Five years from now, between 2 and 18 August, when you hear hip hop sounds and rhythms coming from Paris, you should know that the Olympics have just come. With a bang, with poweroves, freeze, drop, and footwork – because these are the figures of the new Olympic discipline – breakdance.
The Olympic Games have expanded to 339 competitions. This means 339 sets of medals. But also total anonymity of medallists. Even the greatest heroes get lost in the crowd when they are stuck in a niche. But that does not seem to bother anyone.
Olympism is in trouble. The world is changing – not necessarily for the better – and the Olympic movement wants to adapt to that change. It does not strive to restore the Games to their former glory and return to a traditional combat of athletes; it prefers to adapt to the circumstances. It follows the voice of the people, which is common nowadays, just to be on the safe side. People get what they want. People are served what they love.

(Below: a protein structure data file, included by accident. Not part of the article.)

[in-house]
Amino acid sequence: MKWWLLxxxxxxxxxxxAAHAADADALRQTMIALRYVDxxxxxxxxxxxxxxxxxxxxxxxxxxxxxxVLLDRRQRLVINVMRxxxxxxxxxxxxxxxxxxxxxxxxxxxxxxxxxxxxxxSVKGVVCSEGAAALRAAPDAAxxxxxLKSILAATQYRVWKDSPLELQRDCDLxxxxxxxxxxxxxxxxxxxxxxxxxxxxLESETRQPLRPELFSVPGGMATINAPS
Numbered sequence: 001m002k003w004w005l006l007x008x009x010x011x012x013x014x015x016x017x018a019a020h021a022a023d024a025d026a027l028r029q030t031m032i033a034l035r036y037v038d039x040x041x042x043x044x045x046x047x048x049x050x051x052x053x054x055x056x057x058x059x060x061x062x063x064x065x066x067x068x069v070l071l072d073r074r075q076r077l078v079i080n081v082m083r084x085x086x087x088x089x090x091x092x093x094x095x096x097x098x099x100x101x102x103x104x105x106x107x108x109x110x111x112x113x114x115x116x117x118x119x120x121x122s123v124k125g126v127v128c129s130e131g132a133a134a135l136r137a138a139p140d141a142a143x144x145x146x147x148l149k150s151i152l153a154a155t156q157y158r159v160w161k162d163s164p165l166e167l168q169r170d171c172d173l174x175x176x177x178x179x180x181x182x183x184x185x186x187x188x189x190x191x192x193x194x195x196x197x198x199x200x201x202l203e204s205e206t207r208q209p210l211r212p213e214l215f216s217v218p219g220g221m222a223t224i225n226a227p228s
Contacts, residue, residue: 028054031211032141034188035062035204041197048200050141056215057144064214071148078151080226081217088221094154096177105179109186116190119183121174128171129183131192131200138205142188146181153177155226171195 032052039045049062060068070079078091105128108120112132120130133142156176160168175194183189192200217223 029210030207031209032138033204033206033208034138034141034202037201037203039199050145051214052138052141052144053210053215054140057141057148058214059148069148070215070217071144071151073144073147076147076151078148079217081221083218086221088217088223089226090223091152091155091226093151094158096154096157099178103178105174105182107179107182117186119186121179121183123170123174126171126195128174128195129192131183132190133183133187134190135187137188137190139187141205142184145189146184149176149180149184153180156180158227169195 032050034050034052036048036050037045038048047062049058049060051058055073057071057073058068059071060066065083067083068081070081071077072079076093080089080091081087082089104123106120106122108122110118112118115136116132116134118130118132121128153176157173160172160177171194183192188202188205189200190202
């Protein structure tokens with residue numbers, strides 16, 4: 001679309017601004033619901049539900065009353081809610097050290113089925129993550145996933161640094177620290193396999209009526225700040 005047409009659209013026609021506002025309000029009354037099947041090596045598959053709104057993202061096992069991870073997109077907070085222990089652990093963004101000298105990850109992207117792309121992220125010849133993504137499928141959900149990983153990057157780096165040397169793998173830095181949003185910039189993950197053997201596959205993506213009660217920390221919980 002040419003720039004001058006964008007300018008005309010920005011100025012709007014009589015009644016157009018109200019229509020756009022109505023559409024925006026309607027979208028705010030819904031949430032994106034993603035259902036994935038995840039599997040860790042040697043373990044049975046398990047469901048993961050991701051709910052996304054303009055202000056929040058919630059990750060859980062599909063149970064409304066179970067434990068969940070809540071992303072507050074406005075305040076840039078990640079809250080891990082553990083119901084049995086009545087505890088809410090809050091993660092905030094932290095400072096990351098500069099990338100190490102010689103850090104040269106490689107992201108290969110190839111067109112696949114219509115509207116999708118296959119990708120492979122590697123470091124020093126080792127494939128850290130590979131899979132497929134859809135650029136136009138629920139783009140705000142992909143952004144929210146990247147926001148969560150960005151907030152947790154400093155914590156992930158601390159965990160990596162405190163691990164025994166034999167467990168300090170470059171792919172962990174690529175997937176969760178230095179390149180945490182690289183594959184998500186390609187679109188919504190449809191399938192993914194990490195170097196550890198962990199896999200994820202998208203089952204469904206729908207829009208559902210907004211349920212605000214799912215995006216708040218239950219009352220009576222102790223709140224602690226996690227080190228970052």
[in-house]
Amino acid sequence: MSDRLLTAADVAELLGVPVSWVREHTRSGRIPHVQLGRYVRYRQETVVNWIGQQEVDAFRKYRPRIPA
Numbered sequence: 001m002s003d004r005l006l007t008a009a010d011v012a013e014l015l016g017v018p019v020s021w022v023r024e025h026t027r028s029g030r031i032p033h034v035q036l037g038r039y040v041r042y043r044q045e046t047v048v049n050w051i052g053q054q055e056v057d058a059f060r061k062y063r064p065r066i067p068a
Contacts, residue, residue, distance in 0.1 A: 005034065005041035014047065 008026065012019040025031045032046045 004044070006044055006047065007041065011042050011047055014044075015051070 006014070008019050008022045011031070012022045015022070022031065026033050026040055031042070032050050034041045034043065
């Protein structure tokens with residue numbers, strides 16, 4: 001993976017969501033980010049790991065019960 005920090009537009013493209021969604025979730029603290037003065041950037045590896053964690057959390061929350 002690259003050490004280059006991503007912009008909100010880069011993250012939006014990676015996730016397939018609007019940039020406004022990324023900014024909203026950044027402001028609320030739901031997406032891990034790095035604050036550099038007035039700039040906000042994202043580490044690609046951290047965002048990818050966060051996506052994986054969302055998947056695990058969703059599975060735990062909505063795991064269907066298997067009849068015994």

Next year, in Tokyo, we will see competitions in sport climbing, skateboarding, and surfing. There will also be street basketball, which the Head of the IOC likes for the word ‘street’, because it is close to ‘urban’. Luckily, the programme of the Olympic Games has been expanding. A few years ago, wrestling and boxing were on the verge of fading into Olympic oblivion. Poor TV ratings, empty stands in the halls. Those important traditional disciplines nearly suffered the fate of tug-of-war (present at the Olympics until 1920), pelota (only in 1900), and cricket and croquet (also only until 1900).Maybe the demanding art of breakdance is a symbol of a desperate attempt to save the Olympics. Yes, we are talking about saving, because we, fans, spectators, and journalists usually focus on the outcome, full of emotions and beautifully served. Meanwhile, there are fewer and fewer countries that want to host the Olympic summit. In 2024, the Olympic Games will be held in Paris, which was the only candidate after it reached the agreement with Los Angeles. City of Angels will organise the Olympic Games four years later. More and more candidates back out from hosting summer or winter Games, usually after local referenda. Soon, the organisers will be appointed by the IOC, and the disciplines will be imposed and selected for their ‘urban character’. Keep your fingers crossed…